Today was a really rough class for me. I actually felt like I was able to focus more on executing techniques and not thinking my way through them (except ikkyo) and then boom. I was using strength and not energy. Very tough thing to adjust to. This is hard. Fun as can be, I love it, it's just hard. I also feel bad working with more experienced people. They can only want to continue going over basics for so long without getting aggravated with me lol. Even so they are all being nice. So, hopefully I'll start improving a bit in the next month or so.

dalen7
09-11-2009, 01:55 AM
Today was a really rough class for me. I actually felt like I was able to focus more on executing techniques and not thinking my way through them (except ikkyo) and then boom. I was using strength and not energy. Very tough thing to adjust to. This is hard. Fun as can be, I love it, it's just hard. I also feel bad working with more experienced people. They can only want to continue going over basics for so long without getting aggravated with me lol. Even so they are all being nice. So, hopefully I'll start improving a bit in the next month or so.

No worries, Aikido is a journey. It frustrated me until just recently.
lol

Seriously though you learn and pick up concepts at stages which go deeper, and at some point, even though you may not be 'fluid' at Aikido, you pretty much get the concepts of why it works or doesnt work, which basically then sets you up for the rest of your journey in 'mastering the techniques' as it were. ;)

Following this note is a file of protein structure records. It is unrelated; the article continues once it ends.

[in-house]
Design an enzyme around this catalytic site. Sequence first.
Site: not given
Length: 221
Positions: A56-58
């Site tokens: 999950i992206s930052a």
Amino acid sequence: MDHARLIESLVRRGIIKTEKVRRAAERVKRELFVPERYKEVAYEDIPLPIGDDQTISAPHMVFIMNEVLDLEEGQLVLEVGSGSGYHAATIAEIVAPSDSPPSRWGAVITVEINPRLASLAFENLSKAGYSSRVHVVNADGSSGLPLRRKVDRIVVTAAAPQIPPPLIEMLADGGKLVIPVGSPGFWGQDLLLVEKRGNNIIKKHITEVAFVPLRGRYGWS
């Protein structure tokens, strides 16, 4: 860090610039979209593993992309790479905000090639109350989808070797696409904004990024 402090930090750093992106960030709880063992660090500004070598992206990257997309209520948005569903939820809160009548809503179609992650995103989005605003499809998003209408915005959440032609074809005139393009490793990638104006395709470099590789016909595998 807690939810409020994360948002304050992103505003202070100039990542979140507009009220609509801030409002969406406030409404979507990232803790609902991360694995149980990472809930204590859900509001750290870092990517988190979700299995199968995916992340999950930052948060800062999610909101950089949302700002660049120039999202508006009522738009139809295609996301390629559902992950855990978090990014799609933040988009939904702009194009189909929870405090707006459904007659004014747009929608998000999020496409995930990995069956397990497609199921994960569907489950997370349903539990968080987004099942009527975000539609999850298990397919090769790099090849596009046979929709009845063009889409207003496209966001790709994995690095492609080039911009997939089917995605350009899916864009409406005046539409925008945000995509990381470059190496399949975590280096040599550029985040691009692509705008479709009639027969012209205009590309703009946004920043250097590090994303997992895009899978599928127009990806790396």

First 6 months was the hardest for me. After 2+ years I feel like I have an understanding with it. So hang in there and enjoy the ride. Its like a chess game - or more accurately, its like learning about yourself. A lot of chances to look inward, etc. [especially in my case where Im not fluent in the local language... Hungarian... it gives more rise to see the ego at work, etc. and then see what lessons I can learn both in spiritual application as well as technical.] :)

I think one things that throws many people is that they try to stick to close to understanding the technique vs. what makes it work.

What I mean is that Aikido is very flexible and has numerous ways a technique can be executed, especially given that there are numerous ways uke can attack you... especially if they dont practice Aikido.

Of course in this flexibility is a strict rule, so to speak, but kind of allows for a universal application of the technique to be fluid.
I would say that is keeping your center, taking ukes center, and mainly flowing with whats going on. Not waiting for the attack, but responding with the energy flow of the attacker as each uke has a different dynamic.

It has been fun to play with this concept mentioned above.
Big or small, you feel the 'energy' [personality] of the person, and you can basically be set up for the attack before its happening, so that you can respond as its happening and not wait for shomen to hit you, etc. [This is where many newer people make the mistake in waiting and then it becomes like karate or something where you are left to block... And unless your conditioned your body to strikes, it can hurt - as my recent foray into Thai boxing has proven to me.] lol